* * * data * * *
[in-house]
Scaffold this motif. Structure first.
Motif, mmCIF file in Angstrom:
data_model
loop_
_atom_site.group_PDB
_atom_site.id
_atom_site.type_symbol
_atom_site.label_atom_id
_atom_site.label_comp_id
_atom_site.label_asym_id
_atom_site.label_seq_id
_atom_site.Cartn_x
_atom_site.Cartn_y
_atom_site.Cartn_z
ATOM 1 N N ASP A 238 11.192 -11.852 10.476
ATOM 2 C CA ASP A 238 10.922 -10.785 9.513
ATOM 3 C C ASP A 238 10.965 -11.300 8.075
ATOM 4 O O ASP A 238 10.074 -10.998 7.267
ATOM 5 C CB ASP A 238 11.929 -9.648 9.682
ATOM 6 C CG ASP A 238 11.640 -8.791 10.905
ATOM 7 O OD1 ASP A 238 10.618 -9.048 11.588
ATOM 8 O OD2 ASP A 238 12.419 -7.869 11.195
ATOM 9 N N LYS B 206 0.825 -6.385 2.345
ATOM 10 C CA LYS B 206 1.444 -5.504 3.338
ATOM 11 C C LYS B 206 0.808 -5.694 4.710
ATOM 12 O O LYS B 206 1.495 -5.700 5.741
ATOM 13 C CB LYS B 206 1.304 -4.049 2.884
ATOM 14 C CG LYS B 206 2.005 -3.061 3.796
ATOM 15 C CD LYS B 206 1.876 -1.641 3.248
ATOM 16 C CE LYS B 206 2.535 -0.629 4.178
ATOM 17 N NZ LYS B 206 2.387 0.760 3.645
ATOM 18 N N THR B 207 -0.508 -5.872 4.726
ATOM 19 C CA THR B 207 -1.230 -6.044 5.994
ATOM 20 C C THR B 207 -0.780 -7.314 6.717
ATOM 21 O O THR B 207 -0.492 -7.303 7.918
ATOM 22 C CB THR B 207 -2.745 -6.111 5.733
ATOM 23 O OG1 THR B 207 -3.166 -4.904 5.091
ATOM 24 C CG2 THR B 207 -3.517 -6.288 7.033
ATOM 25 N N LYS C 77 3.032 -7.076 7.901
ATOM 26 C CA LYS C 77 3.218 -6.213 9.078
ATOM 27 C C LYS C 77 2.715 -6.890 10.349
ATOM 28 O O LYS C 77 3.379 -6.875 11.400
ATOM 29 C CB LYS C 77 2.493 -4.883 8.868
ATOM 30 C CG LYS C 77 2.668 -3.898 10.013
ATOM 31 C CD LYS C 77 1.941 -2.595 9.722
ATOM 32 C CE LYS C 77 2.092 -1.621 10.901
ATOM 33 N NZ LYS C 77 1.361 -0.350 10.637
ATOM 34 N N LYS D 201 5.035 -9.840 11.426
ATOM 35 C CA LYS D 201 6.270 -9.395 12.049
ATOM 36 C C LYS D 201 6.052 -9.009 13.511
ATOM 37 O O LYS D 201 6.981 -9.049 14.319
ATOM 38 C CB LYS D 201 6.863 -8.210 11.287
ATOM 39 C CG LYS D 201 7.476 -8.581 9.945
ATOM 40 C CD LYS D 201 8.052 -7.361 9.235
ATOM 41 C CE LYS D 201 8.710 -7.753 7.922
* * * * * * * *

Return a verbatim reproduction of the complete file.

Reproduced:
[in-house]
Scaffold this motif. Structure first.
Motif, mmCIF file in Angstrom:
data_model
loop_
_atom_site.group_PDB
_atom_site.id
_atom_site.type_symbol
_atom_site.label_atom_id
_atom_site.label_comp_id
_atom_site.label_asym_id
_atom_site.label_seq_id
_atom_site.Cartn_x
_atom_site.Cartn_y
_atom_site.Cartn_z
ATOM 1 N N ASP A 238 11.192 -11.852 10.476
ATOM 2 C CA ASP A 238 10.922 -10.785 9.513
ATOM 3 C C ASP A 238 10.965 -11.300 8.075
ATOM 4 O O ASP A 238 10.074 -10.998 7.267
ATOM 5 C CB ASP A 238 11.929 -9.648 9.682
ATOM 6 C CG ASP A 238 11.640 -8.791 10.905
ATOM 7 O OD1 ASP A 238 10.618 -9.048 11.588
ATOM 8 O OD2 ASP A 238 12.419 -7.869 11.195
ATOM 9 N N LYS B 206 0.825 -6.385 2.345
ATOM 10 C CA LYS B 206 1.444 -5.504 3.338
ATOM 11 C C LYS B 206 0.808 -5.694 4.710
ATOM 12 O O LYS B 206 1.495 -5.700 5.741
ATOM 13 C CB LYS B 206 1.304 -4.049 2.884
ATOM 14 C CG LYS B 206 2.005 -3.061 3.796
ATOM 15 C CD LYS B 206 1.876 -1.641 3.248
ATOM 16 C CE LYS B 206 2.535 -0.629 4.178
ATOM 17 N NZ LYS B 206 2.387 0.760 3.645
ATOM 18 N N THR B 207 -0.508 -5.872 4.726
ATOM 19 C CA THR B 207 -1.230 -6.044 5.994
ATOM 20 C C THR B 207 -0.780 -7.314 6.717
ATOM 21 O O THR B 207 -0.492 -7.303 7.918
ATOM 22 C CB THR B 207 -2.745 -6.111 5.733
ATOM 23 O OG1 THR B 207 -3.166 -4.904 5.091
ATOM 24 C CG2 THR B 207 -3.517 -6.288 7.033
ATOM 25 N N LYS C 77 3.032 -7.076 7.901
ATOM 26 C CA LYS C 77 3.218 -6.213 9.078
ATOM 27 C C LYS C 77 2.715 -6.890 10.349
ATOM 28 O O LYS C 77 3.379 -6.875 11.400
ATOM 29 C CB LYS C 77 2.493 -4.883 8.868
ATOM 30 C CG LYS C 77 2.668 -3.898 10.013
ATOM 31 C CD LYS C 77 1.941 -2.595 9.722
ATOM 32 C CE LYS C 77 2.092 -1.621 10.901
ATOM 33 N NZ LYS C 77 1.361 -0.350 10.637
ATOM 34 N N LYS D 201 5.035 -9.840 11.426
ATOM 35 C CA LYS D 201 6.270 -9.395 12.049
ATOM 36 C C LYS D 201 6.052 -9.009 13.511
ATOM 37 O O LYS D 201 6.981 -9.049 14.319
ATOM 38 C CB LYS D 201 6.863 -8.210 11.287
ATOM 39 C CG LYS D 201 7.476 -8.581 9.945
ATOM 40 C CD LYS D 201 8.052 -7.361 9.235
ATOM 41 C CE LYS D 201 8.710 -7.753 7.922